...in 1875, Ellen Swallow married M.I.T. Professor Robert Hallowell Richards. Three days later, they set off on a wedding trip to Nova Scotia accompanied by Robert Richards's class in mining engineering. When they returned to Cambridge, Ellen Swallow Richards began working to create a Woman's Laboratory at M.I.T. She was herself the first woman admitted to any scientific school in the United States and the first female graduate of M.I.T. When the Institute became fully coeducational in 1883, the Woman's Laboratory was closed. The following year Ellen Richards was appointed to the faculty as an instructor. Over the next quarter century, while continuing to promote scientific education for women, she founded the new field of home economics.
Growing up in rural Massachusetts before the Civil War, it is unlikely young Ellen Swallow ever imagined that she would someday write a book called Laboratory Notes on Industrial Water Analysis: A Survey Course for Engineers. But increasing educational opportunities for women and her own drive helped Ellen Swallow Richards break new ground for women in science.
Born in 1842 in Dunstable, a village near the New Hampshire border, Ellen Swallow was the only child of well-educated parents and received most of her early education from them.
In 1859 the family moved one town over to Westford, where her father opened a store. Ellen studied mathematics, French, and Latin at the local academy, while also helping her father in the store. Four years later, the family moved again this time to Littleton, which was close enough to Worcester for Ellen to attend occasional lectures there.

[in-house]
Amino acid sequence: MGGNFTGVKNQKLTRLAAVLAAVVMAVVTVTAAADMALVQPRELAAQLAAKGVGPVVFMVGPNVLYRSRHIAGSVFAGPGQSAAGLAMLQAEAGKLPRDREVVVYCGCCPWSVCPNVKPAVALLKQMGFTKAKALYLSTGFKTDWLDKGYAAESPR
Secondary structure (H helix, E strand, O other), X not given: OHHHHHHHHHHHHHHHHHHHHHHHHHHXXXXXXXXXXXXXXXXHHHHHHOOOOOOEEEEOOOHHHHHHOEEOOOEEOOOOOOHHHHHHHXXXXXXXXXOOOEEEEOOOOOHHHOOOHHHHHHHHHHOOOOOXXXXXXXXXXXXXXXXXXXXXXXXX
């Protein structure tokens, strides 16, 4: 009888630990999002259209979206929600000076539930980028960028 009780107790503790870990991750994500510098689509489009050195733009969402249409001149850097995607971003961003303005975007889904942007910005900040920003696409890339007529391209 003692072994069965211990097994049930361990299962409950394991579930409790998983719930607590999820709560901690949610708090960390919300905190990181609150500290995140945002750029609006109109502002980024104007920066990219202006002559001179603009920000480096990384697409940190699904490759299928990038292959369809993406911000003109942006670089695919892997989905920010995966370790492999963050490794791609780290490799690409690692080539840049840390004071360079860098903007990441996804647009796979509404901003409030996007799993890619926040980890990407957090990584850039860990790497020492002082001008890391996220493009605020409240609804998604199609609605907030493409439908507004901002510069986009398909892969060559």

Ellen Swallow longed to continue her formal education, but there was no money to spare. It was not until 1868 when she was 25, that she had saved enough money from her own teaching to enter Vassar College.
Opened in September of 1865, Vassar's founders designed it as a "college for young women which shall be to them, what Yale and Harvard are to young men." The main building included not just music rooms and an art gallery, but rooms outfitted for the teaching of science. In this stimulating environment, Ellen Swallow discovered she had a keen interest in and aptitude for science, especially astronomy and chemistry.
When she graduated in 1870, she tried to find a job as a chemist, but there were none to be had, at least not for a woman. She decided to continue her study of chemistry and was accepted as a "special student" at the recently founded Massachusetts Institute of Technology. M.I.T. charged her no tuition, which she initially believed to be an effort to assist a poor student. Later she learned that it was so the president could "say she was not a student, "should any of the trustees or students make a fuss about [her] presence."
She received a BS from M.I.T in 1873 and continued her studies at the Institute for another two years. She never received the doctorate she hoped for reportedly because "the heads of the department did not wish a woman to receive the first D.S. in chemistry." While this was a deep disappointment (and a great injustice), the lack of a PhD. did not prove to be much of a hindrance to Ellen Swallow Richards in her work.
At the time of her marriage to Robert Richards, he was engaged in building the Institute's metallurgical and engineering laboratories. He was supportive of his wife's work, and she used her training in chemistry and her language skills to help him keep up "with all the German and French mining and metallurgical periodicals." They sometimes collaborated on experiments, and Richards took great pleasure when his wife was the first woman elected to the American Institute of Mining and Metallurgical Engineers.